Photography, Travel
Comment 1

The ancient city of Athens

The Acropolis stands over the city of Athens as a lasting symbol of its past. Because everything about Athens is its history. The birthplace of democracy, Aristotle, Plato, and civilisation as we know it is because of Ancient Greece and its capital Athens.

The Parthenon

The Parthenon

The Acropolis...under constant repair

The Acropolis…under constant repair

Mt Lycabettus and The Acropolis

Mt Lycabettus and The Acropolis


I’m not lying when I say that I left Athens after barely two days feeling smarter, and more appreciative and understanding of history. Some fun facts:

  • A misconception that I was guilty of thinking (and let’s not judge if you knew better), but the Acropolis is not the beautiful temple sitting on top of the rock, it is the rock. The word Acropolis means highest, outermost (acro) point of the  city (polis) which is typically chosen as a point of defence. The most commonly photographed temple atop the Acropolis is the Parthenon, which was first built as a temple to the goddess of Athena, the city’s patron.
  • The official distance of a marathon (42.195km) is the distance a soldier had to run to Athens in his full armour to relay the result of the battle of Marathon. He died from exhaustion.
The guards outside Parliament

The guards outside Parliament

Changing of the guards...the most unique in the world I would say.

Changing of the guards…the most unique in the world I would say.

I’m going to mention food again, and I would just advise that you prepare for me to mention it in every single post because we basically did a food tour of the Mediterranean. Athens was our first taste of delicious Greek food which we indulged in with marathon dinners. Moussaka, simple Greek salads, dolmades, loukamades, olives, and the holy grail of all Greek foods…tzatziki. They don’t disappoint with the serving sizes of this wondrous dip, dishing it up on a large plate for you to enjoy with bread as an “entrée”. I would just eat it for my main meal.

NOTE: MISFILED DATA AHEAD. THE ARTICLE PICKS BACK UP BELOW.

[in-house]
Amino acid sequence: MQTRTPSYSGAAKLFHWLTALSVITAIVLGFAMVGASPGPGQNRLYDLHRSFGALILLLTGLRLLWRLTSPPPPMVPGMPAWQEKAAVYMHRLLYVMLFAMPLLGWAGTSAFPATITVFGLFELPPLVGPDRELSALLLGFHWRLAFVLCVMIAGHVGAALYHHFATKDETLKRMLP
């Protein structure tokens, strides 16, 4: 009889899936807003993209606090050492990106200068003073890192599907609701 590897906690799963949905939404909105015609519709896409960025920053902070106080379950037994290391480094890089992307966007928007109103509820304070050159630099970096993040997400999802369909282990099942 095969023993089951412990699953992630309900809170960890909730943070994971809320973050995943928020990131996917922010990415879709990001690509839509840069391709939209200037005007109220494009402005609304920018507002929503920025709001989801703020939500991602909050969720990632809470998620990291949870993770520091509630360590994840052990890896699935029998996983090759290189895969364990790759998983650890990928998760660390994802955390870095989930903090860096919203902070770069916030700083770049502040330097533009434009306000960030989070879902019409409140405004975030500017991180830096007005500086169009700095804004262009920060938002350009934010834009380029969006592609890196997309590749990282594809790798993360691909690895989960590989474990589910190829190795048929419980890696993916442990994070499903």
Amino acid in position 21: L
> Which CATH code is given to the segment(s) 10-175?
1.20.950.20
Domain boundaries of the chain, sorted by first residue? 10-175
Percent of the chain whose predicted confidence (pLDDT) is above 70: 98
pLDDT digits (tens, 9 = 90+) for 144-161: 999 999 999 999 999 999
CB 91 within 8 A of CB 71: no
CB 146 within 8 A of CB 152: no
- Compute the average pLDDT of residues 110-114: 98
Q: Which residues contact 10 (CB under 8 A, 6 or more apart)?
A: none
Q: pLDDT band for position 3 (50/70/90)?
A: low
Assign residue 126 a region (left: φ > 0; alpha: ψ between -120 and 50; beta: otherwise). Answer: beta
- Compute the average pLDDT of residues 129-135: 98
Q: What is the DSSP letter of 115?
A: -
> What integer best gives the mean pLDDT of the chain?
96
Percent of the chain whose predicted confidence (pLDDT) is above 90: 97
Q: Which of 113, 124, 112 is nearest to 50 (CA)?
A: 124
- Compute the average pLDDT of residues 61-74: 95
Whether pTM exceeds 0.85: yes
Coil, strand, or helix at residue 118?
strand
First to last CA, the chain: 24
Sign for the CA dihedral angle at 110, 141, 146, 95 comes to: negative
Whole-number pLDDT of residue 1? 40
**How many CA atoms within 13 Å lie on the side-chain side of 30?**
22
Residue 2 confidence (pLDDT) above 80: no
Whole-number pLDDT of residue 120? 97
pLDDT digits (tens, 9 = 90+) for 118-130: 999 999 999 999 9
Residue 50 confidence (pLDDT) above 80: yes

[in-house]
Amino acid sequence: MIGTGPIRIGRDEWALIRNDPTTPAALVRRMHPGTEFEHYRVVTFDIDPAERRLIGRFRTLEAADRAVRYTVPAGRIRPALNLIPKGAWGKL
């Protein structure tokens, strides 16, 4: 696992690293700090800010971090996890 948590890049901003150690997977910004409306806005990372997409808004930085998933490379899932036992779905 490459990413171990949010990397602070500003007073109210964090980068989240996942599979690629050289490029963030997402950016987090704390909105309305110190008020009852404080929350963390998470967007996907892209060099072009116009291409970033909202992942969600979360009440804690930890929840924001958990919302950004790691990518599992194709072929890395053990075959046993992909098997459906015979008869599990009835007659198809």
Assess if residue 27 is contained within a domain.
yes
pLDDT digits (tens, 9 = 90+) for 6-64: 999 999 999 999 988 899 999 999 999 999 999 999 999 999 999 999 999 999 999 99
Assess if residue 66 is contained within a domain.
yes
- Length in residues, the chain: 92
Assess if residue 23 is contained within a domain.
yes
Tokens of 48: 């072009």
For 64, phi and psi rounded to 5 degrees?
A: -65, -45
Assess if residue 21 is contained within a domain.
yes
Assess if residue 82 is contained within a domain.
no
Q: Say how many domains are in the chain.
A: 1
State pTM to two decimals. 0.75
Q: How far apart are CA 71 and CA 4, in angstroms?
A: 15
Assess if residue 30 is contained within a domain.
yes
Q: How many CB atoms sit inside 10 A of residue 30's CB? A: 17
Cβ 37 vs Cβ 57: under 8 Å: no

I’m going to be honest and say that I didn’t find there to be much else to the city of Athens, it is their capital after all. The ruins are incredible, and the city’s eventful history seeps out of every site that you see, and this is why you visit Athens. If it’s picturesque, quaint, traditional buildings and beautiful landscapes you are after, you go to the islands. That’s where we went next.





1 Comment

Leave a Reply

Fill in your details below or click an icon to log in: Logo

You are commenting using your account. Log Out /  Change )

Google photo

You are commenting using your Google account. Log Out /  Change )

Twitter picture

You are commenting using your Twitter account. Log Out /  Change )

Facebook photo

You are commenting using your Facebook account. Log Out /  Change )

Connecting to %s